BY MEREDITH DELISO AND JULIA JACOBO, ABC News
(ROCHESTER, N.Y.) — An independent investigation into the government handling of the death of Daniel Prude moved forward on Friday when the Rochester City Council authorized the power to subpoena several city departments, including Mayor Lovely Warren’s office and the Rochester Police Department.
The City Council voted 8-0 during a special virtual meeting Friday morning to authorize the subpoenas, which support an “independent investigation into the internal communications, processes and procedures that took place related to the death of Daniel Prude” and grants authority to “investigate all city departments including the right to review records and papers” and issue subpoenas.
City Council President Loretta Scott said the investigation would start with the first 911 phone call placed on March 23 regarding Prude, 41, a Black man who died a week after being restrained by Rochester police during a mental health emergency.
Andrew G. Celli Jr., an attorney with the New York law firm Emery Celli Brinckerhoff Abady Ward & Maazel LLP, will lead the independent investigation, which the City Council approved on Tuesday.
“[Rochester] is a community that’s asking hard questions and it’s a community that deserves clear answers,” Celli said during a media briefing Friday after the City Council’s vote. “And that’s what I’m committed to do.”
The investigation will look to determine “who knew what when” in the death of Prude, Celli said. “There’s really one question here, and that is: Was there a cover-up? That’s a blunt way to put it, but that’s the question we are seeking to answer.”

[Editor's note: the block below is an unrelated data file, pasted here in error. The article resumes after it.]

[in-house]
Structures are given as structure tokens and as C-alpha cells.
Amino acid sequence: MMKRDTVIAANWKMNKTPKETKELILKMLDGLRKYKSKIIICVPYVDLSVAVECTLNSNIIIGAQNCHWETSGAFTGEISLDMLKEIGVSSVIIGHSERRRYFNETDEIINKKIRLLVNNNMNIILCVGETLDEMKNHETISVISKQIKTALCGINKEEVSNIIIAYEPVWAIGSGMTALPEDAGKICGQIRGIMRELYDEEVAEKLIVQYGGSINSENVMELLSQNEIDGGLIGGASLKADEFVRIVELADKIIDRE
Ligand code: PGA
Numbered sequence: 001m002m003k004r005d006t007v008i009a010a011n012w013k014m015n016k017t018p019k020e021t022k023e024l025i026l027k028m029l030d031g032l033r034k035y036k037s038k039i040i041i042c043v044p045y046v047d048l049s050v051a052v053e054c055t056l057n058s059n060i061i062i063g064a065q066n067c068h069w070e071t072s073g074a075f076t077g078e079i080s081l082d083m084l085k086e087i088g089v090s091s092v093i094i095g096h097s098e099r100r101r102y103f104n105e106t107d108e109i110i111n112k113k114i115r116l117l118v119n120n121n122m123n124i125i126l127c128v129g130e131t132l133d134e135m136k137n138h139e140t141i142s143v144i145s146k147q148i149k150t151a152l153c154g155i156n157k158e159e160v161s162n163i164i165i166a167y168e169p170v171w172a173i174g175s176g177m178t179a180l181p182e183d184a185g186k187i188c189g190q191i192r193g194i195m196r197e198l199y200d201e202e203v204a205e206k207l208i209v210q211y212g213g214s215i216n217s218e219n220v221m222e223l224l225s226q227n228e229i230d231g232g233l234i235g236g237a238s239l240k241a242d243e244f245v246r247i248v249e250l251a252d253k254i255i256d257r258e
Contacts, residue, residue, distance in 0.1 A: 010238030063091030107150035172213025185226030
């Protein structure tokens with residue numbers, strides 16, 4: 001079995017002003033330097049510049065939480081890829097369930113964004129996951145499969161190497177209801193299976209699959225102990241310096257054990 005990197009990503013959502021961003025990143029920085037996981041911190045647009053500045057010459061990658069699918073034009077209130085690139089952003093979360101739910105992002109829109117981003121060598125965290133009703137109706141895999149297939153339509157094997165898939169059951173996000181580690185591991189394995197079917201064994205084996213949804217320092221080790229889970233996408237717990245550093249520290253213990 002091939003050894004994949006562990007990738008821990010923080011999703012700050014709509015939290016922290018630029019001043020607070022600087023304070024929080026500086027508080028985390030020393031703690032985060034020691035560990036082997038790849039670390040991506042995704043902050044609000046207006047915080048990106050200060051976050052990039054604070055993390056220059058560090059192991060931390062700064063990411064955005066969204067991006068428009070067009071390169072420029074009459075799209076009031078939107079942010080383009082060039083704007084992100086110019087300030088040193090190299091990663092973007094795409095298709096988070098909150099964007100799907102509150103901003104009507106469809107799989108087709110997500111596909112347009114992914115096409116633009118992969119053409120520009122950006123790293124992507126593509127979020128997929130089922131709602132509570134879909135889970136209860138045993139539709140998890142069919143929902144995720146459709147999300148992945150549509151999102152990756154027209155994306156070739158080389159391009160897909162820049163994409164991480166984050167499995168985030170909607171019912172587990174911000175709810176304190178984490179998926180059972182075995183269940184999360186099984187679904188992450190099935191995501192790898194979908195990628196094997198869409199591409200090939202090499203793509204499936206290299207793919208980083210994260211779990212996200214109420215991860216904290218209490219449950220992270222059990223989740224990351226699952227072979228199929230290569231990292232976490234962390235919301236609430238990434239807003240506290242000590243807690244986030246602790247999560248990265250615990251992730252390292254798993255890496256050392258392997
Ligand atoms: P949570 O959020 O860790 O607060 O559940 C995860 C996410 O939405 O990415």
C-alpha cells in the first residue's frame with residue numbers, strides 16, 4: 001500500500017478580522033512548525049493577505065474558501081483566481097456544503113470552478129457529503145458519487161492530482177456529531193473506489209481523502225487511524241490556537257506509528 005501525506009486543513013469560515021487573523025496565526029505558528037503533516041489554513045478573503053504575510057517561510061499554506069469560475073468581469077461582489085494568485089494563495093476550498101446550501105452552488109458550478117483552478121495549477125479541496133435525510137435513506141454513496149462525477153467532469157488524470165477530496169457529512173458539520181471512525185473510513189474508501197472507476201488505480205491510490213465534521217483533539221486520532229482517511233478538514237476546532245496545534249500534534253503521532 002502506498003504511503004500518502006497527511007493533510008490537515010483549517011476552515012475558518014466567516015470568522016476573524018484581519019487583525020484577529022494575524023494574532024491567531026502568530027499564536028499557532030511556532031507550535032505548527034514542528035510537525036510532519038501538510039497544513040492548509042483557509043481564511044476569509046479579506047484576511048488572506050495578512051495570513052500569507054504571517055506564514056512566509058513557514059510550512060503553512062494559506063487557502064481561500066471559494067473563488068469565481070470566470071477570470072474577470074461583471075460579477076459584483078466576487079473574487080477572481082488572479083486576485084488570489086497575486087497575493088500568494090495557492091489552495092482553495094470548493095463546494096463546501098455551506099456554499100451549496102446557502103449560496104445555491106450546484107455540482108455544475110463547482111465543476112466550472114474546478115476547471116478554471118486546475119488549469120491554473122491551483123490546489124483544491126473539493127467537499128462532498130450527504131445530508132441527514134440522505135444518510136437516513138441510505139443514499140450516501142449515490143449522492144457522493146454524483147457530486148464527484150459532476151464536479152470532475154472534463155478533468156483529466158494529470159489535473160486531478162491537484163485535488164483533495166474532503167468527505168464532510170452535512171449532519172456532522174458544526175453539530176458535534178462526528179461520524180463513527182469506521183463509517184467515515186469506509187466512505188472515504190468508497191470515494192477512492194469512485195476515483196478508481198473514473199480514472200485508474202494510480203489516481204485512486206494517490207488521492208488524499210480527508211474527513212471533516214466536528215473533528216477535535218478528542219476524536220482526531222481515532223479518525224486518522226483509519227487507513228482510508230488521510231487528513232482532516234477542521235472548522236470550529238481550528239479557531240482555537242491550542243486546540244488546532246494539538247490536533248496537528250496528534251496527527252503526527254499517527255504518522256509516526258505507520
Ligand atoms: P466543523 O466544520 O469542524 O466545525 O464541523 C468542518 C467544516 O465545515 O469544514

The team plans to gather sworn testimony from witnesses, emails, text messages, memos and other documents as it seeks to determine a timeline of events, examine how city departments communicated with each other behind closed doors, and what city officials said publicly, versus what they knew at the time, Celli said.
Celli acknowledged that some of these documents have already been released in a 300-plus-page report commissioned by Rochester Deputy Mayor James Smith, which includes police reports and emails.
“We’re going to go much deeper than the deputy mayor did, and we’re going to get to the bottom of this,” Celli said.
His team plans to issue subpoenas to four Rochester agencies — the mayor’s office, the police department, the law department and the City Council — by Monday, Celli said. They haven’t decided whose testimony they will take, though Celli said that the mayor is under consideration.
The investigation should take about three months, at which point they will release their report to the public, including transcriptions of collected testimonies, Celli said.
The intragovernmental study is one of several investigations stemming from Prude’s death, including one from his family, who has alleged an internal cover-up in a federal lawsuit against the city. The state attorney general’s office also has moved to empanel a grand jury, which would determine whether criminal charges should be brought in the case, as part of its investigation.
On Monday, Warren announced she would enact several reviews from the deputy mayor’s report. She has called for the City Office of Public Integrity to initiate a thorough investigation to determine if any employees, including herself, violated city policies or ethical standards, and she called on the U.S. attorney general to investigate whether Prude’s civil rights were violated.
Earlier this month, police body camera footage was released showing the incident between the officers and Prude. In the video, officers are seen pinning Prude to the ground while a spit bag is on his head, and he eventually appears to go unconscious. Prude died a week later. The Monroe County medical examiner listed his death as a homicide caused by “complications of asphyxia in the setting of physical restraint.”
Seven officers involved in the incident have been suspended as the state attorney general conducts her investigation. On Monday, Warren also fired Rochester Police Chief La’Ron Singletary, two weeks before he was set to retire, amid shakeups in the department.
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